Should You Forgive Your Romantic Partner?
Is it better to forgive or punish mistakes in relationships?
Posted Jun 07, 2011
Welcome back to The Attraction Doctor.
When a romantic partner makes a mistake, or treats you badly, it can create difficulty in the relationship. Assuming you decide to stay, you are left with a choice—should you forgive them or not? Ultimately, the goal is to reestablish the relationship and prevent them from hurting you again. But, will forgiveness motivate them to "see the error of their ways"? Or, is holding them accountable for their actions the key to making sure the situation does not happen again?
There are two theories that answer this question (McNulty, 2011).
1) Reciprocity. The theory of reciprocity states that individuals owe others who do favors for them. Forgiving a mistake falls into this category of "favors." So, the person forgiven owes the person who has forgiven them. Therefore, they should be motivated to act better (because they are bound to reciprocate the forgiveness with good behavior in return). According to this line of reasoning, then, forgiveness is the key to behavior change.
2) Operant Learning. The theory of operant learning illustrates that behavior only changes with consequences. Forgiveness, in this case, removes the negative consequences of the offending partner's behavior. They don't lose anything, or have to make any restitution for their actions. As a result, they do not learn to change their behavior—and they are likely to reoffend again. According to this line of reasoning, not forgiving is the key to behavior change.
Research on Forgiveness and Romantic Relationships
To answer this very question, James McNulty (2011) conducted a four-year study on newlywed couples. He measured each partner's tendency to express forgiveness in the relationship (at multiple times throughout the study). He also measured each partner's perceptions of their spouse's levels of psychological and physical aggression. These behaviors ranged from insults, sulking, and spiteful comments, to pushing, grabbing, and hitting.
McNulty (2011) found that partners who forgave were more satisfied in their relationships. They also appeared less neurotic and more agreeable. Furthermore, there was some evidence to support that forgiveness resulted in lower negative behaviors from one's partner in the short-term.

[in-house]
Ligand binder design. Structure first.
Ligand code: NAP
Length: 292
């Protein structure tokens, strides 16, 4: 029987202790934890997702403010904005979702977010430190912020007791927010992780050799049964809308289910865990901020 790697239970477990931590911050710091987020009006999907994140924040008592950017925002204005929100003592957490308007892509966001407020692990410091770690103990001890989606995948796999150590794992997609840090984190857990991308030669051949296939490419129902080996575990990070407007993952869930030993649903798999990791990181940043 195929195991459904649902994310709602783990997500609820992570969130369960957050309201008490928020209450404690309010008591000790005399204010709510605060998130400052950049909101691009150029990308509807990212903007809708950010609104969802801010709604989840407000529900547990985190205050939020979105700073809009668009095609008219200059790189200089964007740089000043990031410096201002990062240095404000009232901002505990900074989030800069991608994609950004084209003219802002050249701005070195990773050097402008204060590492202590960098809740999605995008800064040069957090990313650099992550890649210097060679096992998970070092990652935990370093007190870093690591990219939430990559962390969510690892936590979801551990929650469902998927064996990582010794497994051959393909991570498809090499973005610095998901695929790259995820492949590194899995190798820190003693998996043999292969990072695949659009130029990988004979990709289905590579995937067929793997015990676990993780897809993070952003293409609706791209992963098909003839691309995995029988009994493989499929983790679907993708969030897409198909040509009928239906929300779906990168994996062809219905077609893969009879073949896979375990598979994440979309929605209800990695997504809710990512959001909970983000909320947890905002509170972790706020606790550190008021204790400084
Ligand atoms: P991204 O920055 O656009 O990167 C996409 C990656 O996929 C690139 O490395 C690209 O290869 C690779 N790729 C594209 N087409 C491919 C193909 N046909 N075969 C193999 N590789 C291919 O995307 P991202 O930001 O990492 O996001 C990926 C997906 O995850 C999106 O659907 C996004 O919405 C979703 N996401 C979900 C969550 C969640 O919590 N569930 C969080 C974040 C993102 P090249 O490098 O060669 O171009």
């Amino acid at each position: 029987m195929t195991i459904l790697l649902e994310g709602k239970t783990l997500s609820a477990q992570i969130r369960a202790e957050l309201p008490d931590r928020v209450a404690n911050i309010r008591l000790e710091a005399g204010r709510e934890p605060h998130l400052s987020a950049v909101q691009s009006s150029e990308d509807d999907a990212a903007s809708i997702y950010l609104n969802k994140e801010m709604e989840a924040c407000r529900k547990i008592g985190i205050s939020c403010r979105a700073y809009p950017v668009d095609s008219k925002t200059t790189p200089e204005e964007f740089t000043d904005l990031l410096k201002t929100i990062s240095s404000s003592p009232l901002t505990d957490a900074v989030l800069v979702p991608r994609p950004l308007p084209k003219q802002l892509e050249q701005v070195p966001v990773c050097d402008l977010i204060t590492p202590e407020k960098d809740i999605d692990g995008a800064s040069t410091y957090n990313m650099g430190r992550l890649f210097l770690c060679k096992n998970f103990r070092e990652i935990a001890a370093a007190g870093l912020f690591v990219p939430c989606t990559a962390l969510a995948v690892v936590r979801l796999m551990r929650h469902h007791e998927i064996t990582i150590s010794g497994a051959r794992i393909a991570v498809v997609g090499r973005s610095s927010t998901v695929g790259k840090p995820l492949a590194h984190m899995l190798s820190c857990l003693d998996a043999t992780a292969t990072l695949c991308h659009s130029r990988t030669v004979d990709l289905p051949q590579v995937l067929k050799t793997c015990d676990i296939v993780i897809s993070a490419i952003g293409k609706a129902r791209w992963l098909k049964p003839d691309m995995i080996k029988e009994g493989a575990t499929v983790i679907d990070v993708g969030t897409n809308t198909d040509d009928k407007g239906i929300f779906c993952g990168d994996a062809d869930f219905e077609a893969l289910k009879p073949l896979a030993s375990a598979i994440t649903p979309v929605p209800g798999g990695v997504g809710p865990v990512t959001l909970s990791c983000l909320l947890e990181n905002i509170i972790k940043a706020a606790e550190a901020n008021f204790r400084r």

In the long-term, however, withholding forgiveness appeared to be the key to a well-behaved spouse. Partners less likely to forgive saw a steady drop in their spouse's aggression across the four years of the study. In contrast, partners more likely to forgive saw no change over time in their spouse's aggression levels. Therefore, in the long-run, holding an offending partner responsible for his or her behavior appears to motivate positive behavior change.
What This Means for Your Relationship
Given the research above, it could prove useful to follow a two-part strategy with an "offensive" partner.
For First Minor Offenses: it might be wise to forgive. Point out your partner's negative behavior and make it explicit that you are forgiving them (to activate Reciprocity). Don't just let them "off the hook" without bringing up the subject. Tell them that you know what they have done, you feel hurt, but you are choosing to forgive them. If you'd like something in return, ask them for it too. Then let the situation go. Enjoy feeling good about yourself, your relationship, and your ability to forgive.
For Repeat Offenses Over Time (or Serious Ones): it can be better to hold a partner accountable. Clearly, your "being nice" has not motivated them to change or act appropriately. Therefore, they must reap the negative consequences of their actions (using Operant Learning). Again, point out their behavior and express that you feel hurt. Remind them that they have performed this behavior in the past (if they have). Then, express to them the "consequences" of their actions. What do you need them to do to make it up to you? How will they "earn" your forgiveness? What will the ramifications for the relationship be if they do not choose to comply (or they re-offend again)? Be clear, specific, and matter-of-fact in these consequences. Find a solution that you are comfortable with and get their explicit agreement to follow it, too. Then monitor their behavior until they have completed the consequences and earned your forgiveness.
Relationship transgressions are never easy to set right. It is often hard to decide whether to forgive a partner's wrongdoing, or hold them accountable. But, this "mixed" strategy can offer a happy middle solution. You can receive the rewards of forgiving your partner for first and light misbehaviors. You can also hold them accountable for "repeat offenses" and "serious mistakes"—motivating their better behavior in the future. Overall then, you can be kind ... but not a pushover.
One final point. Depending on the nature of the relationship problem, you may need more support than this one article. While this framework is a "general" guide and can be helpful, each forgiveness decision is different (and complex). Therefore, it may prove beneficial to seek out professional counseling and support, especially for hurtful or dangerous situations (such as infidelity or physical abuse). A professional counselor can help you further decide when to stay, how to forgive, and what consequences are appropriate to repair a relationship. Professional support can be found in the Psychology Today Therapist Directory here.
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Until next time, happy dating and relating!
Dr. Jeremy Nicholson
The Attraction Doctor
© 2011 by Jeremy S. Nicholson, M.A., M.S.W., Ph.D. All rights reserved.
McNulty, J. K. (2011). The dark side of forgiveness: The tendency to forgive predicts continued psychological and physical aggression in marriage. Personality and Social Psychology Bulletin, 37(6), 770-783.